Democratic senators again. She told me to tell everybody hello.
You know, this place has a special place in my heart, and I just want
to briefly review the history for you. When I ran for President in 1992, I
knew I had to do pretty well in New Hampshire. And when I started out, I
was running fifth. But it was a small state of tough-minded, but
fair-minded people, and I thought if I could just get up there and stir
around, I could do all right. They were good to me, and I love them, and
they voted for me twice. So I got out of it alive, anyway.
Then I got through all the rest of that stuff. Then we had Super
Tuesday and I won them, but I was supposed to because it was in the South.
But I knew that to be nominated, I had to do well on St. Patrick's Day in
Illinois and Michigan. And I knew some things about Illinois other people
didn't know. First, I had a wife from Chicago; that didn't hurt.
(Laughter.) Second, I knew Southern Illinois was south of Richmond, and I
spent a lot of time down there, which other guys didn't know, but when I
was a governor. And the third thing I knew was that half the people from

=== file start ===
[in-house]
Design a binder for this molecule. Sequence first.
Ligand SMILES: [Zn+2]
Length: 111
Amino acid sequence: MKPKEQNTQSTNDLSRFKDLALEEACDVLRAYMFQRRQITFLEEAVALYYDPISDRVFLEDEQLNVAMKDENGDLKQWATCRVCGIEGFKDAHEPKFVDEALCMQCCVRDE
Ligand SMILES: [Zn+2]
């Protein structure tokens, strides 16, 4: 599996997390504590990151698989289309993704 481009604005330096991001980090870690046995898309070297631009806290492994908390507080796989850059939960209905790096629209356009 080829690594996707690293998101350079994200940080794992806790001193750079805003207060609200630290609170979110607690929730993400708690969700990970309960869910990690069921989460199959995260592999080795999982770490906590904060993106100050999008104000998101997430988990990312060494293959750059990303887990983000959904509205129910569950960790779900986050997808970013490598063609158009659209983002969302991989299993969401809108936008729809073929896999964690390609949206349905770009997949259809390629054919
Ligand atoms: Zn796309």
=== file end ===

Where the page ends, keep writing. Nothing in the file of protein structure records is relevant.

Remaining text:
Chicago had kinfolks in Arkansas, which nobody knew but me. (Laughter.)
So I figured if I sort of sidled around here, I could do pretty good.
So I showed up here in 1991, and in this very room we had a meeting of all
the state Democratic chairs, and I tried to make a fairly presentable
impression. And I had been thinking about what we ought to do as a country
for a long time, and I put my ideas out. And then we went over to the Navy
Pier and I announced that David Wilhelm of Chicago would be my national
campaign manager. He did a great job and you should be very proud of him.
And then -- so we rocked along and everything went according to plan,
and it was time to stand and deliver in Illinois. And on the election
night and the primary -- it was St. Patrick's Day, 1992 -- now, I remember
marching in the St. Patrick's Day parade in Chicago. It was an interesting
experience. (Laughter.) Most people were waving all five fingers. Think
about it. (Laughter.) And on election night, a majority of the people in
Illinois gave me their votes in the primary over my opponents. And I knew
then it was just a matter of time. And the people in Michigan were very
good to me. We won there by 10 points, but by more in Illinois. And ever
since then, I have known that I could count on Illinois, that when the